Arkansans are being warned to be on alert to hacking and phishing attempts from con artists and criminals after the recently reported Equifax data breach.
In a news release issued on Monday, Arkansas Attorney General Leslie Rutledge said the scammers could try to reach potential victims both over the phone and online.
Rutledge, who has taken on a leading role and is working with other states as part of a thorough review, has learned that at least 1.2 million Arkansans may be impacted.
Attorney General Rutledge said, “Criminals are going to call and email Arkansans looking to exploit the exposure of their personal information. Just because someone calls claiming to be from Equifax or emails claiming to be a bank does not mean they are. Arkansans should stay vigilant as I work with other states to get to the bottom of how and why this data breach occurred.”
Arkansans should be on the lookout for phishing emails that claim to be Equifax and offering to check if your data is compromised, emails that claim a problem has occurred with a credit card or bank, calls or emails from a scammer claiming to be your bank and any unexpected charges on a credit or debit card.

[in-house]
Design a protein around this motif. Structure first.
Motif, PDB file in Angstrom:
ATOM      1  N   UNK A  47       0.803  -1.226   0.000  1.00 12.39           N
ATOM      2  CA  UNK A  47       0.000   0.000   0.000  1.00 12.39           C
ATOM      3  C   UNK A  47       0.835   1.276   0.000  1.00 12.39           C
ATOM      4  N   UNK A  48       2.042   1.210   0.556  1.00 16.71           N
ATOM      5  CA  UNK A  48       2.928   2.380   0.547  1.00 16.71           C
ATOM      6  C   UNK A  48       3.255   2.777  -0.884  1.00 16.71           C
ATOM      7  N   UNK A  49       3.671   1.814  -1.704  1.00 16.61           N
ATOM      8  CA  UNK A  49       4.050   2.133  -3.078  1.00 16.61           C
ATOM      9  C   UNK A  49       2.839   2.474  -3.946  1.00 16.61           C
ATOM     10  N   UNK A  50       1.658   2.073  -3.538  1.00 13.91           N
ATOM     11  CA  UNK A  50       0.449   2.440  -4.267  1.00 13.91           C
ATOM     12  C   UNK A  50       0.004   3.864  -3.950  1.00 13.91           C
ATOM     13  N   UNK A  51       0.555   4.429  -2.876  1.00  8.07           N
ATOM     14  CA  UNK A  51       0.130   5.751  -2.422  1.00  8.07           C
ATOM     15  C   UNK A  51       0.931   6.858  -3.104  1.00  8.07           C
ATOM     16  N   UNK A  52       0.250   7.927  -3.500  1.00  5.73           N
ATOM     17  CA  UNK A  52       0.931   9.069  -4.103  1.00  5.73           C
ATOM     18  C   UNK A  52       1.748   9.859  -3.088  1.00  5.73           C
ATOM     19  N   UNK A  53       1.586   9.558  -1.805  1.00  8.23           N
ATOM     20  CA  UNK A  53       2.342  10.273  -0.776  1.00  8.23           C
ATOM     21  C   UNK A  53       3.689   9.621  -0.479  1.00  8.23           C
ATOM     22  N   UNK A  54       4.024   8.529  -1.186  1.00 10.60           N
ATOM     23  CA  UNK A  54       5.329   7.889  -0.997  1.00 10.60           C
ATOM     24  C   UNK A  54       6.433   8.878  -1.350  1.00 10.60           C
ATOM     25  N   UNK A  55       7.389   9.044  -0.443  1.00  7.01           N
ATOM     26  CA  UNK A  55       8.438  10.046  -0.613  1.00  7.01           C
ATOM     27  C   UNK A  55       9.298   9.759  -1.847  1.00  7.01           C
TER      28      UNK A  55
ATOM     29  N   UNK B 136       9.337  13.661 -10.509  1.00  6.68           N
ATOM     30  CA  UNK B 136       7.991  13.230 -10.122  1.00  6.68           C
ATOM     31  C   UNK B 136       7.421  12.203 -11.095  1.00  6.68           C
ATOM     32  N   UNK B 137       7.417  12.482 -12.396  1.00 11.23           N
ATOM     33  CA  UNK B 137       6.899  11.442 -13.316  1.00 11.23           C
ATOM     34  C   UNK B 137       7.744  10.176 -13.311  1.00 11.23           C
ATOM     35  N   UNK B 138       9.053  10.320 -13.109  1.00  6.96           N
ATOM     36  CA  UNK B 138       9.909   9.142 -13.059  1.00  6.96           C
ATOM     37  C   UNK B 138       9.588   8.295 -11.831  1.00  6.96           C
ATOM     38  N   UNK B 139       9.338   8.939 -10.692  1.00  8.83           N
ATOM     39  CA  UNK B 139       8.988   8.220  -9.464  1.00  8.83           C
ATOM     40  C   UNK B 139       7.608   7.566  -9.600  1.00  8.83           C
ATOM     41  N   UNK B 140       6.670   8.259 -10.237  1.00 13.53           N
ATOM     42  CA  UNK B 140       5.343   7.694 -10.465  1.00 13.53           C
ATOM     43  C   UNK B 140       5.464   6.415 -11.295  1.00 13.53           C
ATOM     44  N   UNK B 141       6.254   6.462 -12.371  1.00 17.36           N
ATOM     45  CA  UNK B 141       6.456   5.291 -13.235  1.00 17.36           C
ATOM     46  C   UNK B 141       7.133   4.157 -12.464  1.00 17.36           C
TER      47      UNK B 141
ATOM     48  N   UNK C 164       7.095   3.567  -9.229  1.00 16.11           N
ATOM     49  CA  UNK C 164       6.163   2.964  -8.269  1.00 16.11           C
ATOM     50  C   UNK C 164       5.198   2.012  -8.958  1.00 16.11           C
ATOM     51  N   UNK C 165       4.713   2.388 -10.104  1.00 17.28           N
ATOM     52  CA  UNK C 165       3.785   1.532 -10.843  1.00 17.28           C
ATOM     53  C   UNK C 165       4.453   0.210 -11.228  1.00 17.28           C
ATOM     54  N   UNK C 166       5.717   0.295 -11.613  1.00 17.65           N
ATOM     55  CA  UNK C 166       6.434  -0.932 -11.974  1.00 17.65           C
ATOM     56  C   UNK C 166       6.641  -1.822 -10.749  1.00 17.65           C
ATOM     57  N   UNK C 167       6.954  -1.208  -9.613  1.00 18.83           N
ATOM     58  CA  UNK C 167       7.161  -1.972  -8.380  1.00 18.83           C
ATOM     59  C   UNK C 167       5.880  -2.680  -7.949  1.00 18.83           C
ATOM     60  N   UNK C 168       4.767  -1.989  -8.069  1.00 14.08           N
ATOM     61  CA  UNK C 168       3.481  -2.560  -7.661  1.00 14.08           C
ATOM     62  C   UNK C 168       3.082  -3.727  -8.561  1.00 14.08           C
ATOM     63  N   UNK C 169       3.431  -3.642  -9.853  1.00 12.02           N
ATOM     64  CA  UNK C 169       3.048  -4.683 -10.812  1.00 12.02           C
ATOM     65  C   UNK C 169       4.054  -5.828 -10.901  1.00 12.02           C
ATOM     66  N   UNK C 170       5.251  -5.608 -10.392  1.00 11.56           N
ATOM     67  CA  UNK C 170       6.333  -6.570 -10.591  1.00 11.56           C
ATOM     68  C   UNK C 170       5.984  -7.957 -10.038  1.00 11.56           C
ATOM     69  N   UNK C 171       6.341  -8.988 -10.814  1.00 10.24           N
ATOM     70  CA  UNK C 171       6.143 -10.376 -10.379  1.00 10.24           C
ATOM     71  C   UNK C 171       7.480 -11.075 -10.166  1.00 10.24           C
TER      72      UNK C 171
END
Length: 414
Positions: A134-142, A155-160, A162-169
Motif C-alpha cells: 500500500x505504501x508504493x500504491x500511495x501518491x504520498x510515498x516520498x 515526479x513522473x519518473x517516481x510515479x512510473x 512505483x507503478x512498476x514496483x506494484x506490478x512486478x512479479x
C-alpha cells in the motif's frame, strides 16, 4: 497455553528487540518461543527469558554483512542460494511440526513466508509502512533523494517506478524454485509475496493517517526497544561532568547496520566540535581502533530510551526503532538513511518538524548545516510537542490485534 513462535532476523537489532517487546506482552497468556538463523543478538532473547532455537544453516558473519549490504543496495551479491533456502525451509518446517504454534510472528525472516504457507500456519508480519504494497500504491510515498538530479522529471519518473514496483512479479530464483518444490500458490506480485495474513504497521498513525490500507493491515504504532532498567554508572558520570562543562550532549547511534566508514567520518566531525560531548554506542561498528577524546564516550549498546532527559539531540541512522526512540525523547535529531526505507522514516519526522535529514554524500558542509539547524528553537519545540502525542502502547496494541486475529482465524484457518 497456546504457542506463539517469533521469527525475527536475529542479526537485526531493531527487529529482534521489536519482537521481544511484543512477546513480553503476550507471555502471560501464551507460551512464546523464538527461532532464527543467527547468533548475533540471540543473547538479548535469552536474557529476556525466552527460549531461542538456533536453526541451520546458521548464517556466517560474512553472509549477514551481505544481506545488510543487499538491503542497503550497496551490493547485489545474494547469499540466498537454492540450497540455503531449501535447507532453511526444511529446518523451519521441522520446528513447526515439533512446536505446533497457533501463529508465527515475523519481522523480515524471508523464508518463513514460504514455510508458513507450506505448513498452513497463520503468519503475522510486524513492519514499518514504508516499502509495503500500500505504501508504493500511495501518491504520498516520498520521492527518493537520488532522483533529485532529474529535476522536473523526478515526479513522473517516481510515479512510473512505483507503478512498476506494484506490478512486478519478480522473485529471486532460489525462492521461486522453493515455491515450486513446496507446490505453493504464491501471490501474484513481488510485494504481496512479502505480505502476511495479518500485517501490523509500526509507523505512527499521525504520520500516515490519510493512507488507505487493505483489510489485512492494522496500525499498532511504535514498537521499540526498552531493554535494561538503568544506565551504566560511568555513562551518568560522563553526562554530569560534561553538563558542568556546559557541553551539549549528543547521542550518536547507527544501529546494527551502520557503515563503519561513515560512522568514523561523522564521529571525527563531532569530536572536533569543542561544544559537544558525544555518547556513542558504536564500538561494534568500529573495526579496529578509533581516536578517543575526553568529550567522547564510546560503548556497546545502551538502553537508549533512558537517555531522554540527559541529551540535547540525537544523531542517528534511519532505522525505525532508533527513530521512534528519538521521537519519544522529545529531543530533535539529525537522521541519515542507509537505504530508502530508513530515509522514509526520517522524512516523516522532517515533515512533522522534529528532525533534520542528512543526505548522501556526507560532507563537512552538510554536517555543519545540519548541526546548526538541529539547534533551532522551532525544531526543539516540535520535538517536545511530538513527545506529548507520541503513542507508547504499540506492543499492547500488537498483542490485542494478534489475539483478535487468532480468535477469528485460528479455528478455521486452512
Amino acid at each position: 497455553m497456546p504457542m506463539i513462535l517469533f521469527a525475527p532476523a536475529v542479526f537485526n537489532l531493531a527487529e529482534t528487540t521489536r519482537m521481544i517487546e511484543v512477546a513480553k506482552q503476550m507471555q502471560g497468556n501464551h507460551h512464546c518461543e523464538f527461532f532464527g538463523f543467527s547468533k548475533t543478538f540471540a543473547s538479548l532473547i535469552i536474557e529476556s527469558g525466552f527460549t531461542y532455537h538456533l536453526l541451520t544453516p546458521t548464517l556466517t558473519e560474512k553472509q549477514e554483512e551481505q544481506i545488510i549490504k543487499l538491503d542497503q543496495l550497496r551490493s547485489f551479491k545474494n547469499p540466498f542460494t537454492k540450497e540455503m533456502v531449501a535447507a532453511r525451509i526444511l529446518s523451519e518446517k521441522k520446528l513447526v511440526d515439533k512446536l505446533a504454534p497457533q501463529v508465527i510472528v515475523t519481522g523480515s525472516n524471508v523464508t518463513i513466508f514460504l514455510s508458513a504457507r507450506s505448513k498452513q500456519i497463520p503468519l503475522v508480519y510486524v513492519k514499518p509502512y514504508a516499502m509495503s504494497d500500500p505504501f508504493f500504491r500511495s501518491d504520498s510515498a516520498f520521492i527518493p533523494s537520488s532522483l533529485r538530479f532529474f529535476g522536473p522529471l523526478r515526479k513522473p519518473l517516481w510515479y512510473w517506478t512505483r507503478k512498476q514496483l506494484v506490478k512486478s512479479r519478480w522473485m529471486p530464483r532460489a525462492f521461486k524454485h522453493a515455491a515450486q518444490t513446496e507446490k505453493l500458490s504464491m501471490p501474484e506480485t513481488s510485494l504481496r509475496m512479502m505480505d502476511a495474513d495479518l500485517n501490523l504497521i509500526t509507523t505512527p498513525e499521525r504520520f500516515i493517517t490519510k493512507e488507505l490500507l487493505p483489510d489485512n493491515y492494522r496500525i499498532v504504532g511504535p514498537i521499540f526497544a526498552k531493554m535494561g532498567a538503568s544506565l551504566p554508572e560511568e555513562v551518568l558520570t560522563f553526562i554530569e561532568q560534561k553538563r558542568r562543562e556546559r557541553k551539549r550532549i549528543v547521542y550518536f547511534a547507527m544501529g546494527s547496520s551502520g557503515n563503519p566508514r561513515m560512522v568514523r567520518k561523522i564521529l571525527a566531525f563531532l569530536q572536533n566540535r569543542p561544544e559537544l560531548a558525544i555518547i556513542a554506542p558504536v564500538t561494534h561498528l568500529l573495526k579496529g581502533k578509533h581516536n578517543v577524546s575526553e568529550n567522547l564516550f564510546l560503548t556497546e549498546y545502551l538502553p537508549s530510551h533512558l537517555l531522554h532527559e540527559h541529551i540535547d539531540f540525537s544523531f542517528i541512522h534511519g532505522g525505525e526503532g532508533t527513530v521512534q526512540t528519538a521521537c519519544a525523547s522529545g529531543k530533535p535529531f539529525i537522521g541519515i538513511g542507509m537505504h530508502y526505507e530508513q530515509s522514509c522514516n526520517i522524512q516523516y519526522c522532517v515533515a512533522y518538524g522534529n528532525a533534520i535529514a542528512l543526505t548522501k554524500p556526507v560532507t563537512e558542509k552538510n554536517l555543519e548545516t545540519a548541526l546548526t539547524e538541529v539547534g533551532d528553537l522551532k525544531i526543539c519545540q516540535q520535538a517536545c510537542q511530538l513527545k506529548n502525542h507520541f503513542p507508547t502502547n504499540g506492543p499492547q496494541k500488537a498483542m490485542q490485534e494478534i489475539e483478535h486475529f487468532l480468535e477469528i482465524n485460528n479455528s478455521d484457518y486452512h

If you have been a victim of identity theft, close accounts that have been tampered with or fraudulently opened and file a complaint with the FTC.
The Attorney General’s office also offers an ID Theft Passport to help victims reestablish their good name.
Arkansans can visit ArkansasAG.gov to get the latest information about the breach.